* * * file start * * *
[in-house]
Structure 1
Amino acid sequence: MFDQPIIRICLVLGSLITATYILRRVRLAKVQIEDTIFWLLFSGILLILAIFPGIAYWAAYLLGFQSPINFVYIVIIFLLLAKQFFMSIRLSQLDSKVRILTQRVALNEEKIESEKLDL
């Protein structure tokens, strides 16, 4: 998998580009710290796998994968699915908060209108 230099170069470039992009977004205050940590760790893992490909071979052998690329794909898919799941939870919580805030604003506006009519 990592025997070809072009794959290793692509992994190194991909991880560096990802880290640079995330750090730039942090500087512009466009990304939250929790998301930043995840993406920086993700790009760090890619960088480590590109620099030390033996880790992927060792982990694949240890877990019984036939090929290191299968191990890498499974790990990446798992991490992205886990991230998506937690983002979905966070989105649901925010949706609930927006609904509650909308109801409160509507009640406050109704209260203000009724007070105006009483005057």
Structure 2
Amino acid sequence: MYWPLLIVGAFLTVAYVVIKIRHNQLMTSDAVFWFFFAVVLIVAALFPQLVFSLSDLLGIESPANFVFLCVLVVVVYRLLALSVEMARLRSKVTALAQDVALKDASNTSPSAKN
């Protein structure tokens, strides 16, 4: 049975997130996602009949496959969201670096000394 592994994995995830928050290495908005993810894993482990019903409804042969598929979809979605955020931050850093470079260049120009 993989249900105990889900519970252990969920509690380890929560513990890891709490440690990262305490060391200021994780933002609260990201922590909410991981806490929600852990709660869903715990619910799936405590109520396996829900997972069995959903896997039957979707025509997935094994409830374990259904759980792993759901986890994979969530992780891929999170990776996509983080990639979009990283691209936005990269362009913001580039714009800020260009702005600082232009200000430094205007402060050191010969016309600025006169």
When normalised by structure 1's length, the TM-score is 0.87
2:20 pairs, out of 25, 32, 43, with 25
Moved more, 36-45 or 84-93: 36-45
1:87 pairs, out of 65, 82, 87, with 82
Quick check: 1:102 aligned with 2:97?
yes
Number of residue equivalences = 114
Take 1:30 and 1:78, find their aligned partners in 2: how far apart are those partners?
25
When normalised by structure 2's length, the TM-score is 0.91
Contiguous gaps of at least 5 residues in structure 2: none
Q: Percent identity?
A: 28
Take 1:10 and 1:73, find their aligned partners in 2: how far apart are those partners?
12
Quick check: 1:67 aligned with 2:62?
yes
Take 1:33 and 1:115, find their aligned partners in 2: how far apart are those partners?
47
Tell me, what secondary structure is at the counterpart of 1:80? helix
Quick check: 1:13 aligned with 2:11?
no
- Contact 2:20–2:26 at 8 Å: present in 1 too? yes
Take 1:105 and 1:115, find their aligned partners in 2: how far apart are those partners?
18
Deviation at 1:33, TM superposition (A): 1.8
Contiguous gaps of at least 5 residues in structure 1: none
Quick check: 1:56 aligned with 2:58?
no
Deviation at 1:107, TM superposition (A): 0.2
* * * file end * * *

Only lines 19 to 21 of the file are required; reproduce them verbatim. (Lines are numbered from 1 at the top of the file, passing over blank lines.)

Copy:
Q: Percent identity?
A: 28
Take 1:10 and 1:73, find their aligned partners in 2: how far apart are those partners?